The Justice Department is now reviewing its policies on housing transgender inmates in the federal prison system. According to the Associated Press, this decision came after protections for transgender prisoners were reversed during the Trump administration.
The federal Bureau of Prisons’ policies for transgender inmates came into the spotlight this past week when a transgender leader of an Illinois anti-government militia group, Emily Claire Hari, was sentenced to 53 years in prison after her role in the 2017 Minnesota mosque bombing. The 2017 attack was on the Dar al-Farooq Islamic Center in Bloomington, Minnesota.
The Transgender Executive Council within the Bureau of Prisons (BOP) will now decide where to house her in the federal prison system.
What Will the Biden Administration Do About This Issue?
A Department of Justice (DOJ) spokesperson spoke to Axios and said that the Biden administration “is committed to providing all inmates a safe and humane environment, including providing gender-affirming housing where appropriate.”
This spokesperson also stated that the current version of the BOP’s trans housing policy “was developed in order to meet the community standard of medical and mental health care, appropriately manage and support the offenders, and meet legal requirements as determined by case law, statutes and federal regulations.” However, they also said that the guidelines are now under review. They also did not mention a timeline when these possible revisions might be announced.
The Biden administration’s Transgender Executive Council has a team of 10 people, including psychologists and counselors, psychiatrists, and prison designation experts. This team helps decide placements for transgender inmates. The council will consider various factors like an inmate’s health, safety, history of disciplinary action, staffing in prisons, supports they may require, and security level.
What Happened to This Policy?
The Obama administration allowed the BOP to house inmates according to their gender identity “when appropriate,” However, President Donald Trump reversed that decision when he took office. In 2018, the Trump Administration said inmates would be housed according to their “biological sex.” In addition, transgender people would be put into gender-affirming facilities “only in rare cases.”
Biden’s Transgender Executive Council is deciding quickly on the many aspects of Hari’s case. First, however, she must be transferred into the federal system in the next few days.
Hari requested to be placed in a women’s facility and provided with hormone replacement therapy (HRT). These requests were cited according to court documents. In these documents, she said that her dysphoria was “unbearable,” creating “inner conflict” at the time of the bombing. Prosecutors at the time decided it was just an “offensive” tactic to “use gender dysphoria to deflect from the attack.”
Even after Hari’s sentencing is resolved, the way her case was handled will have lasting effects for the nearly one in six trans Americans who have served time in prison. These include half of all Black trans people, like Ashley Diamond, a trans woman incarcerated in a men’s prison. She is now suing the Georgia Department of Corrections (GDOC) for the abuse she experienced during her time in prison. She was sexually assaulted more than ten times during her time in prison and was also denied hormone therapy.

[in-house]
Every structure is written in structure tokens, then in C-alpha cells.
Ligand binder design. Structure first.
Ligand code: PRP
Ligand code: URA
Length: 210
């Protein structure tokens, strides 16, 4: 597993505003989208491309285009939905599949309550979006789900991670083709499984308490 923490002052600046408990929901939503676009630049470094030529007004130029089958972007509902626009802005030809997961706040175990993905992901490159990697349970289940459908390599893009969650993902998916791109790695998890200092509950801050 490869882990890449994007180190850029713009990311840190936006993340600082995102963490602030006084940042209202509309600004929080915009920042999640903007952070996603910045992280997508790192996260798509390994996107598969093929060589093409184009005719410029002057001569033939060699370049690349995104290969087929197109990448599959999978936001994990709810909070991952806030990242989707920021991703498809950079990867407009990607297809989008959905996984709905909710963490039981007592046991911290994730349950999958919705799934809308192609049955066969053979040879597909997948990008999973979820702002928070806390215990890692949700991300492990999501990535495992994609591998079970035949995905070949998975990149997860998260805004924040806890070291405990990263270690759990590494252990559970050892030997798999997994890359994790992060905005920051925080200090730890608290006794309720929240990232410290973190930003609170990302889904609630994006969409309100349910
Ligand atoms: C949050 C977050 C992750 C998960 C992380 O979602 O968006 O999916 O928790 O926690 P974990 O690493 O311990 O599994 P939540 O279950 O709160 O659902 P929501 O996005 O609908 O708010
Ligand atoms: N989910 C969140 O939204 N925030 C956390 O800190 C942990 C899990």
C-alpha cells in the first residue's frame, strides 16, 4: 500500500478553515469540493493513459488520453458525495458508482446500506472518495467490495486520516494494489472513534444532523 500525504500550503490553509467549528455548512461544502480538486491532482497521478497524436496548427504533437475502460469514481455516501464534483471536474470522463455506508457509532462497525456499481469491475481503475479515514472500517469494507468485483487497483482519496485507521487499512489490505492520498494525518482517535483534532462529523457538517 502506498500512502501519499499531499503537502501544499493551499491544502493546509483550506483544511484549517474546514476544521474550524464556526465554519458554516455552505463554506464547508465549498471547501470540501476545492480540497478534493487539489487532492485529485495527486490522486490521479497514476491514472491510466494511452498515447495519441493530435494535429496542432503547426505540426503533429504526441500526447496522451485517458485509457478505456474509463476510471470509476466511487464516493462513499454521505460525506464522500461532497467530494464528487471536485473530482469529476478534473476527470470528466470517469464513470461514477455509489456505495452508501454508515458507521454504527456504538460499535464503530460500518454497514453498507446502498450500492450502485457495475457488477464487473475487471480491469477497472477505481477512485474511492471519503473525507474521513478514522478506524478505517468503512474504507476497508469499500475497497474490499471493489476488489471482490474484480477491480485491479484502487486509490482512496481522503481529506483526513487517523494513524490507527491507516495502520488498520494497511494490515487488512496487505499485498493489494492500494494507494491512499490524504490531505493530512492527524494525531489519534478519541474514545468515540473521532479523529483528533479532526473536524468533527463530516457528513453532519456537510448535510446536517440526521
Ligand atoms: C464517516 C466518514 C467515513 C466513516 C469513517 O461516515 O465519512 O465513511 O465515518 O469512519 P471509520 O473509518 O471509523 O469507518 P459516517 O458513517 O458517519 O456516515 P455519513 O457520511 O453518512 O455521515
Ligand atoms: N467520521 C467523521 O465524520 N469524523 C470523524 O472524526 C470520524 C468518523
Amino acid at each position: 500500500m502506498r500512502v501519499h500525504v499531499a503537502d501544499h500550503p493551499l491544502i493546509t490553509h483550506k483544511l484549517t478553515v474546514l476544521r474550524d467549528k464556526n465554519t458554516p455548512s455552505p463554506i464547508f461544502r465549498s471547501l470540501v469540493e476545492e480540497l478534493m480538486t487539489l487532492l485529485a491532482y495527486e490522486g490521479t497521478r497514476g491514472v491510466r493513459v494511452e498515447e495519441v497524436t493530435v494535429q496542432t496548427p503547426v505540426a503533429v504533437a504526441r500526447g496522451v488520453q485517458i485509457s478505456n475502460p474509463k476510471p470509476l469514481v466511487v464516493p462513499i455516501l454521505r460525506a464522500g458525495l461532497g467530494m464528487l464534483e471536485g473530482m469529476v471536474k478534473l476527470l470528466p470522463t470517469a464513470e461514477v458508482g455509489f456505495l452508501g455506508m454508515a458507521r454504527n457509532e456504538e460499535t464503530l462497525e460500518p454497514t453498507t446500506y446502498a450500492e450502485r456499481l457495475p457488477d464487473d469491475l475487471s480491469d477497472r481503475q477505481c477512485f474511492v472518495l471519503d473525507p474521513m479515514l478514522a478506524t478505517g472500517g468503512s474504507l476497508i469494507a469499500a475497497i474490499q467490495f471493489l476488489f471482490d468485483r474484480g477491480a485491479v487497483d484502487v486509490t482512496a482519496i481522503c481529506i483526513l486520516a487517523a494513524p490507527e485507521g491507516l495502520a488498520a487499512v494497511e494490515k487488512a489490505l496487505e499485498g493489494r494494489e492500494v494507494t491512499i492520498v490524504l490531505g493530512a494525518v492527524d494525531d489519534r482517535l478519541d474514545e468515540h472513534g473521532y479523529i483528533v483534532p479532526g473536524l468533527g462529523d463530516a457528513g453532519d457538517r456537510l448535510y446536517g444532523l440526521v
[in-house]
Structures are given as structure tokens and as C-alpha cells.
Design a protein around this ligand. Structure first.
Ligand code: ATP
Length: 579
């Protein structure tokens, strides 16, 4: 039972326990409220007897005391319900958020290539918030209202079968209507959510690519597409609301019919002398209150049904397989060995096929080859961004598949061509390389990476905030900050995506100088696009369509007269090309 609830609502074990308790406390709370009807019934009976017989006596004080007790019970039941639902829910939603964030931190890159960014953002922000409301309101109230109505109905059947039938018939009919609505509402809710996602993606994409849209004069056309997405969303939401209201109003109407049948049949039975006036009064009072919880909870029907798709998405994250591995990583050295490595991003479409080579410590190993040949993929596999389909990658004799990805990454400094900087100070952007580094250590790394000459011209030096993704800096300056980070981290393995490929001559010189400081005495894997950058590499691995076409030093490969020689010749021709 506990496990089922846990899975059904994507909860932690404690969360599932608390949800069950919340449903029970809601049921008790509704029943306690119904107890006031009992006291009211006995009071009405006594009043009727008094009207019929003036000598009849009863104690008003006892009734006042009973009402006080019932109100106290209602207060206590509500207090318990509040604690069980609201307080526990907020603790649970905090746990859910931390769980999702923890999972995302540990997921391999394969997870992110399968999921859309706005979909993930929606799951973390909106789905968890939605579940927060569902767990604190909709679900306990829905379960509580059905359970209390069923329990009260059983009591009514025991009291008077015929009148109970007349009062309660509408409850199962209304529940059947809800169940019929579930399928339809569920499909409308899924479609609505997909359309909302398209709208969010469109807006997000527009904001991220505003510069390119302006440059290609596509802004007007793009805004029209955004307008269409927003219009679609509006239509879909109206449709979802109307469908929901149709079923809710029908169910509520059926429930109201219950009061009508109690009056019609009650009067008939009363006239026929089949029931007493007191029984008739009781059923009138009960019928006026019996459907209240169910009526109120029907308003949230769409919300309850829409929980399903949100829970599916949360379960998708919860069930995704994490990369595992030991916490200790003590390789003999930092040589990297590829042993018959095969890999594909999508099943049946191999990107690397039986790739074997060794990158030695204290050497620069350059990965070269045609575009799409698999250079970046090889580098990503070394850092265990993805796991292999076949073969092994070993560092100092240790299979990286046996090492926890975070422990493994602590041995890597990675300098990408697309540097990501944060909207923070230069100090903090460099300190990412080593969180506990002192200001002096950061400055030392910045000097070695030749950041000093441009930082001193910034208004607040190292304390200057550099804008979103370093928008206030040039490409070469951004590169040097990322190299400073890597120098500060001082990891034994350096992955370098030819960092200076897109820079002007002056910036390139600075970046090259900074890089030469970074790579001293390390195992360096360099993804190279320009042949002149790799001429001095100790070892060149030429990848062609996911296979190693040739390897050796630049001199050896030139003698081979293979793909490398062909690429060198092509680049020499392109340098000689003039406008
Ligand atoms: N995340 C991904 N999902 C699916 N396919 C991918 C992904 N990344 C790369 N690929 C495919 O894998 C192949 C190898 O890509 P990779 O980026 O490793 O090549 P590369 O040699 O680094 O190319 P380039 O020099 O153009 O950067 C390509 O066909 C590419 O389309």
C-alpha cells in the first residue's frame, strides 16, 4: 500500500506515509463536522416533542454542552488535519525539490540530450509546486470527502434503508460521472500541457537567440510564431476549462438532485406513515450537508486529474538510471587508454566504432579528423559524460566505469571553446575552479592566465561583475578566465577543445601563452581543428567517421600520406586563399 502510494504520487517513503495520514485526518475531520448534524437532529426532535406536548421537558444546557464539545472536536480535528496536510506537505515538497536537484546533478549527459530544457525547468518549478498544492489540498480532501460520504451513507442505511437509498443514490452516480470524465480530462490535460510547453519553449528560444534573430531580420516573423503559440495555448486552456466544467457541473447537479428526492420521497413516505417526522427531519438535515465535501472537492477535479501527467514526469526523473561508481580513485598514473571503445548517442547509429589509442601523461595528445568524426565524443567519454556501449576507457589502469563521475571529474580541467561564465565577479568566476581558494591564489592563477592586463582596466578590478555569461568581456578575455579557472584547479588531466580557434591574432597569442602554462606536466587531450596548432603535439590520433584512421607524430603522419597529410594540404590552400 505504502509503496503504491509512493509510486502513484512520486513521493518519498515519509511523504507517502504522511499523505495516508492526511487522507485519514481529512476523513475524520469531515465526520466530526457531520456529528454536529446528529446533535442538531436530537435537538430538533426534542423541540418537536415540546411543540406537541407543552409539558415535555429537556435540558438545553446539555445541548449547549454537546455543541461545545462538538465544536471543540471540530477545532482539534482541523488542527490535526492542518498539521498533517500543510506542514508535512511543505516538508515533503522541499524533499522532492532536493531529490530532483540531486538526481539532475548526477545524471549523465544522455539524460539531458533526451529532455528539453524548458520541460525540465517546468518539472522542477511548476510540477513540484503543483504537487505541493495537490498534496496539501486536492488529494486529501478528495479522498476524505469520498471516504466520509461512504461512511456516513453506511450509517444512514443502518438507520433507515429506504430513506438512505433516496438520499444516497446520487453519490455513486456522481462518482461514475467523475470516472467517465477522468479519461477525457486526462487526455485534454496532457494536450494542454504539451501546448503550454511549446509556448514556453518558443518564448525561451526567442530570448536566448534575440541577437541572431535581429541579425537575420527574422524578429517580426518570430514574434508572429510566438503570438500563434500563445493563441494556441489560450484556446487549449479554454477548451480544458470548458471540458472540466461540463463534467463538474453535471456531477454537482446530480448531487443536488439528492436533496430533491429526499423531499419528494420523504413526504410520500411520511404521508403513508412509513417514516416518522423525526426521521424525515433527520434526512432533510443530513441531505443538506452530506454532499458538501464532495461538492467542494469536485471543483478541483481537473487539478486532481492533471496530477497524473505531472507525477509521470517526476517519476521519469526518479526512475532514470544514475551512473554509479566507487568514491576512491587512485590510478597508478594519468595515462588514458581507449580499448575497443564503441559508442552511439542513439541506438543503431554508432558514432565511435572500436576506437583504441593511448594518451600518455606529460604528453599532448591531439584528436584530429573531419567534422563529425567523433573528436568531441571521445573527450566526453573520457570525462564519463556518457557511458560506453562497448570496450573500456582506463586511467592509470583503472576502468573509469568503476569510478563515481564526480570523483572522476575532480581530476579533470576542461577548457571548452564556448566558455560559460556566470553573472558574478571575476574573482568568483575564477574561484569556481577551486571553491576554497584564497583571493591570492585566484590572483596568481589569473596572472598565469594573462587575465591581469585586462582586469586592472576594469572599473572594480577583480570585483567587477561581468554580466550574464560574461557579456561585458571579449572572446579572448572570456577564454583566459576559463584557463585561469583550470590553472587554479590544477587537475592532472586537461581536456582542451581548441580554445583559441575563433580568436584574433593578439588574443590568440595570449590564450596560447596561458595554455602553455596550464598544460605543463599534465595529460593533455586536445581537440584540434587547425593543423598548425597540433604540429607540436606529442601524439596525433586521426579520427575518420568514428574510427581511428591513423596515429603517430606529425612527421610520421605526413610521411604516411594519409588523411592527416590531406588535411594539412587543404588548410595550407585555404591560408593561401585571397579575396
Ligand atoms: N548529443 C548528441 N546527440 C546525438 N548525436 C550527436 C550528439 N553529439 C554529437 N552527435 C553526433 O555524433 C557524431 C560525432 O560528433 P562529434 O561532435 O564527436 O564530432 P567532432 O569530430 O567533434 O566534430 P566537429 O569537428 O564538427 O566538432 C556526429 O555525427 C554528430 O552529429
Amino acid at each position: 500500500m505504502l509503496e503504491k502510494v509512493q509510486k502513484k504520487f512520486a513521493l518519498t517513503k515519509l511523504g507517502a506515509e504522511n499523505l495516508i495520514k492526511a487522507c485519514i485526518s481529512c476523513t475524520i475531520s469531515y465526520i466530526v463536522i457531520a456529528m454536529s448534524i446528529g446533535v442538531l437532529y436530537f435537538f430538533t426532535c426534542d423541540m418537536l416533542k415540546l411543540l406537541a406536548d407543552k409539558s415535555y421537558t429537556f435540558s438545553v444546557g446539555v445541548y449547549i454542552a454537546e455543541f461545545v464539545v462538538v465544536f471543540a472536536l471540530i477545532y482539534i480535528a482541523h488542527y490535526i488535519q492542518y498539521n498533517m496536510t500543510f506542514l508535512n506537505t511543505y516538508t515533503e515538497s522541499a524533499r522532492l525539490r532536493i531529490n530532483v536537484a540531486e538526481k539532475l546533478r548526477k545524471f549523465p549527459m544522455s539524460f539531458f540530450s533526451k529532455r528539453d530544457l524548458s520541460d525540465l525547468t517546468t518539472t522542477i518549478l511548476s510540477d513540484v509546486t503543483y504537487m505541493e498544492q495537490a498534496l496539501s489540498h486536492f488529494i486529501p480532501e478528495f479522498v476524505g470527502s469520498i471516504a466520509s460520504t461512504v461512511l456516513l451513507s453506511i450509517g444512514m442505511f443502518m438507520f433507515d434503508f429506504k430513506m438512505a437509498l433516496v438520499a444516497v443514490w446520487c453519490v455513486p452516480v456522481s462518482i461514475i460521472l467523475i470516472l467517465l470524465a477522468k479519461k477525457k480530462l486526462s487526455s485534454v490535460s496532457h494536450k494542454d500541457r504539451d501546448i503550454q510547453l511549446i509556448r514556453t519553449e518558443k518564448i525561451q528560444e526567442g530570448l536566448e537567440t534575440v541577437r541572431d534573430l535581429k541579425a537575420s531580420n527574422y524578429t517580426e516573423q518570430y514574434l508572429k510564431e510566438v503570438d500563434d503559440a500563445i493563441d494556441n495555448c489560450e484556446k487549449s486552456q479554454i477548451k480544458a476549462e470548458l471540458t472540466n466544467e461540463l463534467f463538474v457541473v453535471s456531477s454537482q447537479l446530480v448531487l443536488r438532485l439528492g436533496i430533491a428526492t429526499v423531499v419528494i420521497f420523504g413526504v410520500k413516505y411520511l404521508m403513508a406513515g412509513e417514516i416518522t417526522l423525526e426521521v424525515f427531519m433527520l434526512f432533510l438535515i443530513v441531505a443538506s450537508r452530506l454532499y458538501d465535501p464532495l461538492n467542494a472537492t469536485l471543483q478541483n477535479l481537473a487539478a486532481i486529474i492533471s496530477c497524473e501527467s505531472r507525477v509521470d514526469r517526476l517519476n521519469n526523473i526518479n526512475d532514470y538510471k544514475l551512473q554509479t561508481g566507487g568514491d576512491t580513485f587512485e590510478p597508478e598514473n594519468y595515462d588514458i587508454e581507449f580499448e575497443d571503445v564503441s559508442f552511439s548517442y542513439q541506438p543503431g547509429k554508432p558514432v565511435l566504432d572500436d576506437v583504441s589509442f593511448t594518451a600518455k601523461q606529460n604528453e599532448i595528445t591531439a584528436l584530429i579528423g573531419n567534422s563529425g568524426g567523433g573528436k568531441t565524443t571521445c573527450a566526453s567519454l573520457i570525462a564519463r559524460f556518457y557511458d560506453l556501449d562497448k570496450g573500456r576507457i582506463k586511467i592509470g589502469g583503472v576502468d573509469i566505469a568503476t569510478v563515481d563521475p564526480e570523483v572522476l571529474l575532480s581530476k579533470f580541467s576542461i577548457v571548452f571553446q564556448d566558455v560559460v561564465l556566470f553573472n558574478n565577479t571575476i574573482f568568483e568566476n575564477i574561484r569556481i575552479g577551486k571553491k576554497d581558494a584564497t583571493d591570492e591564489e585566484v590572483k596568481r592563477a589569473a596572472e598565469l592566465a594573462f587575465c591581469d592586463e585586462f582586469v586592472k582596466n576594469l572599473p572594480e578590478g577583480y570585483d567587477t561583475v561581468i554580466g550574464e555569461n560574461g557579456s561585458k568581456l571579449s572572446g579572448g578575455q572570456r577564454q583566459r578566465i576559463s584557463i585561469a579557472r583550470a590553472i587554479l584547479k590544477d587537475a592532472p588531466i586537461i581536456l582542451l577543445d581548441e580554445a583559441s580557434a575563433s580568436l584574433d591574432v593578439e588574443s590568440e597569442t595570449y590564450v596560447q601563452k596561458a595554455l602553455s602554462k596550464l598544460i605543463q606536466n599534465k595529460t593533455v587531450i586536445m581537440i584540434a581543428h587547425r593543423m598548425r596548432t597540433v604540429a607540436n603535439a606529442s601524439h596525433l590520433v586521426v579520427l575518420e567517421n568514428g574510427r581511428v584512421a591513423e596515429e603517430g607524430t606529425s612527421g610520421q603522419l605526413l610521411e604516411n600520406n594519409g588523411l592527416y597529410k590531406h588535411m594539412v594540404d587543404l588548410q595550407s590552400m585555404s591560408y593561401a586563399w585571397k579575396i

The Department of Justice (DOJ) filed a statement of interest in her case, mentioning that further changes to federal policy about trans inmates could be coming.
Diamond wrote in a May op-ed for them:
“I’m stuck in the same dorm where I’ve been assaulted 10 times already. Officials with the prison said they wouldn’t put me in a women’s facility because they essentially have a blanket ban on housing trans women in women’s prisons. They are refusing to do what they need to in order to keep me safe.”
Although the federal policy is way behind, California recently passed a landmark bill that will provide trans inmates with the right to choose which gendered facility they want to be placed. Since April, hundreds of inmates had put in a transfer request to another gendered facility.
Safety Issues for Transgender Inmates
Safety for transgender prisoners is paramount. According to a University of California at Irvine study in 2007, sexual assault rates against trans inmates were 13 times higher than other inmates in California prisons.
In Georgia, the DOJ has launched an investigation into the allegedly horrific conditions in state prisons, including an ongoing investigation into anti-LGBTQ+ sexual violence that prisoners and staff have committed. These include 44 murders, inhumane living conditions, smuggled weapons, and gang activity. This week, U.S. Assistant Attorney General Kristen Clarke claimed that the DOJ found “significant justification” to investigate Georgia’s prison system.
The DOJ also just investigated the state of Alabama and New Jersey over similar occurrences. New Jersey has come to an agreement with the DOJ, while Alabama was sued the previous year.
The investigation into Georgia prisons was opened a year after Ashley Diamond filed her federal lawsuit against the state’s prison system.